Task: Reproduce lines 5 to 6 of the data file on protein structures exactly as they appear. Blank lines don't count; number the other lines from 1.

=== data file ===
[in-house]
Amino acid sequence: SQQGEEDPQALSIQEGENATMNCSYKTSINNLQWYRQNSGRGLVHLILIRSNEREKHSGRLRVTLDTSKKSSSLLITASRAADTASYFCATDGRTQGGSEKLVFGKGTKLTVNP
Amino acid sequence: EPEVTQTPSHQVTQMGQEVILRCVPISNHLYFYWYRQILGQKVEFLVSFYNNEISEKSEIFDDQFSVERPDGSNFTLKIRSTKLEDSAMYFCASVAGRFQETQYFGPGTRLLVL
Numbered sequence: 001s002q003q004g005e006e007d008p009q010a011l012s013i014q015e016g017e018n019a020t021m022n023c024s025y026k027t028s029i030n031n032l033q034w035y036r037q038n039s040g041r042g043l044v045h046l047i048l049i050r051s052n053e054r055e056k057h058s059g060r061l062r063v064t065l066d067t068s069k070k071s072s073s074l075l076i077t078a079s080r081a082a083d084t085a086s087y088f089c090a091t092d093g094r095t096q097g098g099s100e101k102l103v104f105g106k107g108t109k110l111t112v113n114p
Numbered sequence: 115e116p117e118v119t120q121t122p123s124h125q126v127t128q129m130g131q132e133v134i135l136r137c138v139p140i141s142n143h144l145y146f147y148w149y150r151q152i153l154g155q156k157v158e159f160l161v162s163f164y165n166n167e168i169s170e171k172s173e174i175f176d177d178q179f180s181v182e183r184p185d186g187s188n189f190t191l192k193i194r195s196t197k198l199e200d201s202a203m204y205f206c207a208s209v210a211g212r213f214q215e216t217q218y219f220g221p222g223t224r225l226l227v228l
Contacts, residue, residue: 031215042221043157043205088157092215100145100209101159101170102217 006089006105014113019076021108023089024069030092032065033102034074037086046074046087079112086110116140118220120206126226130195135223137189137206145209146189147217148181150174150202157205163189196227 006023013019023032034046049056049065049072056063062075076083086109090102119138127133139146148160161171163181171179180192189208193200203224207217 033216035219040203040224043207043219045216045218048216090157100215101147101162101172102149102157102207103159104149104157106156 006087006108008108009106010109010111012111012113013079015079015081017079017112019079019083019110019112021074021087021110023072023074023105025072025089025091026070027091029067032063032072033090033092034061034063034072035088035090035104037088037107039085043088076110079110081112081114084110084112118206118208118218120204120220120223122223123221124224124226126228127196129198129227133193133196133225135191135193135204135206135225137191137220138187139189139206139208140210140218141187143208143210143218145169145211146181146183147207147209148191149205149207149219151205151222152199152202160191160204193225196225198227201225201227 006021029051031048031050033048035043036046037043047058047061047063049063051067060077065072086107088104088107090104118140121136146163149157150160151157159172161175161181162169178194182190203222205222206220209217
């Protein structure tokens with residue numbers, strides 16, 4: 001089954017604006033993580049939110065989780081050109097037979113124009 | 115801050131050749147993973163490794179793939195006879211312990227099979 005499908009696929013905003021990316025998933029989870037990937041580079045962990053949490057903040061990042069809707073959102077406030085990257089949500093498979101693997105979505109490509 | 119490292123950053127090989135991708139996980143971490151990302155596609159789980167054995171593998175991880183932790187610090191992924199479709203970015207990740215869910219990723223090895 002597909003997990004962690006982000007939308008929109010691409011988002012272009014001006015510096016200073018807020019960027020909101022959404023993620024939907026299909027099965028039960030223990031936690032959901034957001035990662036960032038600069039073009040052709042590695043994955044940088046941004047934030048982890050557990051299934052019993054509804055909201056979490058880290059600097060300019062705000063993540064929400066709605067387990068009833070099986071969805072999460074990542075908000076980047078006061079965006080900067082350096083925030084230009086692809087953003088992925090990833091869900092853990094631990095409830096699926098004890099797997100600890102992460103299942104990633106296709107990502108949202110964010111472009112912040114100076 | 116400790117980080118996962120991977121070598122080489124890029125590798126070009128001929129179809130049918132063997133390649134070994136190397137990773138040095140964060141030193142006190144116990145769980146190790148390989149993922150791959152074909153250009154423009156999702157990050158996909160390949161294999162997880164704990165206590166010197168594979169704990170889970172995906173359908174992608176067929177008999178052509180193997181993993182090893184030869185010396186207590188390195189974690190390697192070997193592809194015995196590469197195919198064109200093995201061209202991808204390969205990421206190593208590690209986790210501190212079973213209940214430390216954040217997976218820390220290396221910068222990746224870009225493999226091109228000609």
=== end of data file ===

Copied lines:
Numbered sequence: 115e116p117e118v119t120q121t122p123s124h125q126v127t128q129m130g131q132e133v134i135l136r137c138v139p140i141s142n143h144l145y146f147y148w149y150r151q152i153l154g155q156k157v158e159f160l161v162s163f164y165n166n167e168i169s170e171k172s173e174i175f176d177d178q179f180s181v182e183r184p185d186g187s188n189f190t191l192k193i194r195s196t197k198l199e200d201s202a203m204y205f206c207a208s209v210a211g212r213f214q215e216t217q218y219f220g221p222g223t224r225l226l227v228l
Contacts, residue, residue: 031215042221043157043205088157092215100145100209101159101170102217 006089006105014113019076021108023089024069030092032065033102034074037086046074046087079112086110116140118220120206126226130195135223137189137206145209146189147217148181150174150202157205163189196227 006023013019023032034046049056049065049072056063062075076083086109090102119138127133139146148160161171163181171179180192189208193200203224207217 033216035219040203040224043207043219045216045218048216090157100215101147101162101172102149102157102207103159104149104157106156 006087006108008108009106010109010111012111012113013079015079015081017079017112019079019083019110019112021074021087021110023072023074023105025072025089025091026070027091029067032063032072033090033092034061034063034072035088035090035104037088037107039085043088076110079110081112081114084110084112118206118208118218120204120220120223122223123221124224124226126228127196129198129227133193133196133225135191135193135204135206135225137191137220138187139189139206139208140210140218141187143208143210143218145169145211146181146183147207147209148191149205149207149219151205151222152199152202160191160204193225196225198227201225201227 006021029051031048031050033048035043036046037043047058047061047063049063051067060077065072086107088104088107090104118140121136146163149157150160151157159172161175161181162169178194182190203222205222206220209217